‘The Daily Show’ team discusses media’s effects on late night comedy

Tiana Woodard

In one of Saturday’s largest featured sessions, “The Daily Show” host Trevor Noah and correspondents Ronny Chieng, Michael Kosta, Desi Lydic, Dulcé Sloan, Roy Wood Jr. and Jaboukie Young-White spoke with Jake Tapper, CNN Anchor and Chief Washington Correspondent, about how today’s media cycle impacts late night comedy.

Tapper kicked off the session with a conversation over how the media’s major news alerts impact the news team’s comedy scripts. While admitting today’s news has lost its predictable “rhythm,” Noah said the team has come to embrace breaking news as a challenge.

“We create the show for the day knowing full well we’re going to have to throw out most of the show to create something that’s based on what’s happening the day of,” Noah said.

Because “The Daily Show” is a comedy show that creates field pieces on political, social and racial issues, Tapper swayed the panel into a conversation on how it allows the group to vent about topics that frustrate them. Despite potential backlash from viewers, Sloan said she puts her initial, unfiltered thoughts into her pieces.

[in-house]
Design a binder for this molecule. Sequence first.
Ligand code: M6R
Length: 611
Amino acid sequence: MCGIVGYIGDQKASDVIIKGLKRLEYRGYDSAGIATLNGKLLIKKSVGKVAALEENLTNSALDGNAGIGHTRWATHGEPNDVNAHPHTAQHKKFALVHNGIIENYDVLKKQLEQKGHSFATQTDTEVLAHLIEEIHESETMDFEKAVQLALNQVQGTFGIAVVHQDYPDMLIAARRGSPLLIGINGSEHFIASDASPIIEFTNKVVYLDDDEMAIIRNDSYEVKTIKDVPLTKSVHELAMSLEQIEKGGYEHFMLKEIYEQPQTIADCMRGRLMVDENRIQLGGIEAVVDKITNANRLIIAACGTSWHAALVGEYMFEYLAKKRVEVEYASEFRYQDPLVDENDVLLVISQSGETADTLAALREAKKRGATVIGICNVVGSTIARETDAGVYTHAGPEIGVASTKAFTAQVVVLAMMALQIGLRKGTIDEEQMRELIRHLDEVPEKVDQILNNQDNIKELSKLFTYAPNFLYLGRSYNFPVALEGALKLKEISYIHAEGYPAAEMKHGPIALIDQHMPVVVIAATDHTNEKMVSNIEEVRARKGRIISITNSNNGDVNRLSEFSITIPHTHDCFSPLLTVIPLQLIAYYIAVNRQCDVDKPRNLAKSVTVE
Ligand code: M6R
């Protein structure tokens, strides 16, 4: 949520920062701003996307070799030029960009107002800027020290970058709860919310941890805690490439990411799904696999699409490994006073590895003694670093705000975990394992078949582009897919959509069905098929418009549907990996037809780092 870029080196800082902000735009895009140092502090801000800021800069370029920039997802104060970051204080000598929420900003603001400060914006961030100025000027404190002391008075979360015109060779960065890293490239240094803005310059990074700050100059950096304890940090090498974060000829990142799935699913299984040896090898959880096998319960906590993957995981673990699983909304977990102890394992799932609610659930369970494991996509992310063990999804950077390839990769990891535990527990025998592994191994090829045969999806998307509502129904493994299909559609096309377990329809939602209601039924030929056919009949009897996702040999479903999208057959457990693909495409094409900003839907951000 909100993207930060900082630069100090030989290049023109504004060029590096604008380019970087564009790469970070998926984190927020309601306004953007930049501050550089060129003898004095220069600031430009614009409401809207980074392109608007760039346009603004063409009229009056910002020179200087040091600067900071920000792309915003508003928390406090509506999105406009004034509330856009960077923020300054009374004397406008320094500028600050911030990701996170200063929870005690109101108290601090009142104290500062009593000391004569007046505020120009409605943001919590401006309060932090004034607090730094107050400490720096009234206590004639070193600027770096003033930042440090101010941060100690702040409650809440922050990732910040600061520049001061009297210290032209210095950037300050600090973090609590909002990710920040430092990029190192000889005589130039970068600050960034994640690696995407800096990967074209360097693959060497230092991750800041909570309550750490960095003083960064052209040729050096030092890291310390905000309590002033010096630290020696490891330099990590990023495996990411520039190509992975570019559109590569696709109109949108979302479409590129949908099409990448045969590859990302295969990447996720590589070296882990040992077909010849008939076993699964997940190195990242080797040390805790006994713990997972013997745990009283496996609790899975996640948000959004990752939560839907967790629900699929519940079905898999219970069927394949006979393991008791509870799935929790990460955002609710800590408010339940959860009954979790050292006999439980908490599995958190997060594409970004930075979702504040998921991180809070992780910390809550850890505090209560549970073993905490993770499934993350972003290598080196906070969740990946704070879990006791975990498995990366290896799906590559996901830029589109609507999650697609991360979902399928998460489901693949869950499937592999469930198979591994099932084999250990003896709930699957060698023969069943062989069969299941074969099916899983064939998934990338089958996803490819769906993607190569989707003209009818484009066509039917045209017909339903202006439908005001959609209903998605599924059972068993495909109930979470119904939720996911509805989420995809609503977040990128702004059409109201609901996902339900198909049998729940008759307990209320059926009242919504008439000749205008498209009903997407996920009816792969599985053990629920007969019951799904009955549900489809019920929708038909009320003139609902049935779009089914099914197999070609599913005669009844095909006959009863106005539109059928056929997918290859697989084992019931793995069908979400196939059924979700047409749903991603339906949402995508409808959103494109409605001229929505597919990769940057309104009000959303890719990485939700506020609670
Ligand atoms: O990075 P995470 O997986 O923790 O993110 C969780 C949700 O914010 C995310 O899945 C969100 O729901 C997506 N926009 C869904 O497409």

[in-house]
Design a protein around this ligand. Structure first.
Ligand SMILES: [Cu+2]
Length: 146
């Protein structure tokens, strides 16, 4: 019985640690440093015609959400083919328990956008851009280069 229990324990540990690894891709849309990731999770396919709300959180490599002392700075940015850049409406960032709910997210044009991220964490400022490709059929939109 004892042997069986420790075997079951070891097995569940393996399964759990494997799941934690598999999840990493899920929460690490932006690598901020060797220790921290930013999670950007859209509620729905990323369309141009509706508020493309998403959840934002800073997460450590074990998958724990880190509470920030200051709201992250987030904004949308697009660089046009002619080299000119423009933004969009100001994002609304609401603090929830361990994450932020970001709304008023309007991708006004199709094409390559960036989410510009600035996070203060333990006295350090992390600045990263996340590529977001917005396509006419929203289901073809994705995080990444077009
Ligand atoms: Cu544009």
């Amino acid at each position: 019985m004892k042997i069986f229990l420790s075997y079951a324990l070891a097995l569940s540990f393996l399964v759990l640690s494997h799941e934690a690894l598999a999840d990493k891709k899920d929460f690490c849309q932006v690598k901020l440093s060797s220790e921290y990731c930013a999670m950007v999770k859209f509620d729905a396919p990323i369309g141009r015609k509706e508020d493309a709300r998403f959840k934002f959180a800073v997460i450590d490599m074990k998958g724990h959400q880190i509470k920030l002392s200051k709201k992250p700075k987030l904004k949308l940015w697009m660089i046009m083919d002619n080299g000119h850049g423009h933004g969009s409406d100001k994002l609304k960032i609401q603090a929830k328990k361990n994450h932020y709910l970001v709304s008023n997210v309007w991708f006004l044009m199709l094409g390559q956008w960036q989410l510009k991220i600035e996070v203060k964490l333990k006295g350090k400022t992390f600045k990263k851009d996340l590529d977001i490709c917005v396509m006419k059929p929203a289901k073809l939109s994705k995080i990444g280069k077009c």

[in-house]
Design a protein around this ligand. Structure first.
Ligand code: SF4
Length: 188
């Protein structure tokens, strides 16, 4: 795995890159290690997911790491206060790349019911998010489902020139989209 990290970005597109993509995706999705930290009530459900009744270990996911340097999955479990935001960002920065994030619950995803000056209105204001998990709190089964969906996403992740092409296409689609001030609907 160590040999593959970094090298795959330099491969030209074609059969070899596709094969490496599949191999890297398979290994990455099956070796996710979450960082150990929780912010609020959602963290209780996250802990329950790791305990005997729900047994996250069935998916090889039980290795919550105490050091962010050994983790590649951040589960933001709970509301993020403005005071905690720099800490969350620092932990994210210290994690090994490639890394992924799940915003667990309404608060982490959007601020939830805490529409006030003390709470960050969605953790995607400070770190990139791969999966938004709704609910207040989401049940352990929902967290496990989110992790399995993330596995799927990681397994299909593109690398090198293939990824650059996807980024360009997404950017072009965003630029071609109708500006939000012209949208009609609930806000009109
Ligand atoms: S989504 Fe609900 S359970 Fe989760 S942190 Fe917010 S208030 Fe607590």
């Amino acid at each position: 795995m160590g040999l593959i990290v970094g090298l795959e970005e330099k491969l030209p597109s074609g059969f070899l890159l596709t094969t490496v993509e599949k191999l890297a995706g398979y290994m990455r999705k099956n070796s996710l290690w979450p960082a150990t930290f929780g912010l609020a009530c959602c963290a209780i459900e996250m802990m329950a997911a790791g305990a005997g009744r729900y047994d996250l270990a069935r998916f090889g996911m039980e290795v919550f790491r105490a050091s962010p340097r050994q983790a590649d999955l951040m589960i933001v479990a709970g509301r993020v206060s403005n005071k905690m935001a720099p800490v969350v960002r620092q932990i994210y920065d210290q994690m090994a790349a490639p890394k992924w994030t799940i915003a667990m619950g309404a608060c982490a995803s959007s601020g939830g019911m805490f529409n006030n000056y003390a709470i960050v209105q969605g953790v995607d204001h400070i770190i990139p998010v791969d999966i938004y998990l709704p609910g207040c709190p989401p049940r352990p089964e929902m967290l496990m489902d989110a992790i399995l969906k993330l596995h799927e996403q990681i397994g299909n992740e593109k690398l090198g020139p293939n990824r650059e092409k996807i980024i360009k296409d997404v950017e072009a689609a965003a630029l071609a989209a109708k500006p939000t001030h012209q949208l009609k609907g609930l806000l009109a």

“I feel like a lot of times, the first thing you’re trained not the say is your truest response to something,” Sloan said.

The team also spoke on the power their show has had in shedding light on issues mass media often fails to cover. Reflecting on his most impactful field piece, Wood recounted his experiences reporting on Chicago’s crime.

“Being able to have that type of access and still go in and make jokes on an issue without disrespecting the people involved — that’s a very difficult needle to thread,” Wood said.

When talking about future plans for the show, Noah brought up more accurate political coverage. As the 2020 presidential elections inch closer, the news team plans on providing stories wherever they could gain access.

“We’re not afraid to say thing that rattle the cage a little bit,” Noah said. “That’s what (the news team) feels needs to be done.”

The panel’s discussion on 2020 presidential election coverage then transitioned into commentary on America’s changing political landscape, more specifically that of the Democratic party. Jaboukie Young-White, the group’s youngest correspondent, said he’s most interested in viewing how political candidates “short circuit” in appealing to old and younger demographics.

“If you put young people in a position where we feel like we have no future, we’re just going to become more radicalized,” Young-White said. “We have nothing to lose.”

While striving to provide news to its viewers for the upcoming elections, Noah said their main objective to help citizens cope with the world’s harsh realities.

“If you’re not laughing at what’s happening right now, you will go crazy,” Noah said. “We use the comedy to try and cope with it all.”